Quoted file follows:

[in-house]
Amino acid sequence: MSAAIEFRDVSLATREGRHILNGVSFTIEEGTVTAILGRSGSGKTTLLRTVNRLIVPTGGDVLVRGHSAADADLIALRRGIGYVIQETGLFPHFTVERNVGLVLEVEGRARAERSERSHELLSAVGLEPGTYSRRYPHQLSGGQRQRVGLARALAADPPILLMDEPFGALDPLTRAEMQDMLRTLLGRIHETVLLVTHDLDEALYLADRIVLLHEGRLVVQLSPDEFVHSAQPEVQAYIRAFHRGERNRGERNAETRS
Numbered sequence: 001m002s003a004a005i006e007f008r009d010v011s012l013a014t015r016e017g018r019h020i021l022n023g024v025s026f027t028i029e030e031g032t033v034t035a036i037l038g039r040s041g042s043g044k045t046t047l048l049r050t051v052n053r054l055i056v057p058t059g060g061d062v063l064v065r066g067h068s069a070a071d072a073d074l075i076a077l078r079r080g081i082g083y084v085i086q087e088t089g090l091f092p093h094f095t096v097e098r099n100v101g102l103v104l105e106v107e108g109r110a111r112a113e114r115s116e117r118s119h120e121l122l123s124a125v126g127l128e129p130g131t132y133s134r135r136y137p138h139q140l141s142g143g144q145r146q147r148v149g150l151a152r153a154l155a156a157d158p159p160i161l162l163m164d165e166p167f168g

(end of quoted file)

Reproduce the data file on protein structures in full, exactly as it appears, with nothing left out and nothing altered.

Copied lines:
[in-house]
Amino acid sequence: MSAAIEFRDVSLATREGRHILNGVSFTIEEGTVTAILGRSGSGKTTLLRTVNRLIVPTGGDVLVRGHSAADADLIALRRGIGYVIQETGLFPHFTVERNVGLVLEVEGRARAERSERSHELLSAVGLEPGTYSRRYPHQLSGGQRQRVGLARALAADPPILLMDEPFGALDPLTRAEMQDMLRTLLGRIHETVLLVTHDLDEALYLADRIVLLHEGRLVVQLSPDEFVHSAQPEVQAYIRAFHRGERNRGERNAETRS
Numbered sequence: 001m002s003a004a005i006e007f008r009d010v011s012l013a014t015r016e017g018r019h020i021l022n023g024v025s026f027t028i029e030e031g032t033v034t035a036i037l038g039r040s041g042s043g044k045t046t047l048l049r050t051v052n053r054l055i056v057p058t059g060g061d062v063l064v065r066g067h068s069a070a071d072a073d074l075i076a077l078r079r080g081i082g083y084v085i086q087e088t089g090l091f092p093h094f095t096v097e098r099n100v101g102l103v104l105e106v107e108g109r110a111r112a113e114r115s116e117r118s119h120e121l122l123s124a125v126g127l128e129p130g131t132y133s134r135r136y137p138h139q140l141s142g143g144q145r146q147r148v149g150l151a152r153a154l155a156a157d158p159p160i161l162l163m164d165e166p167f168g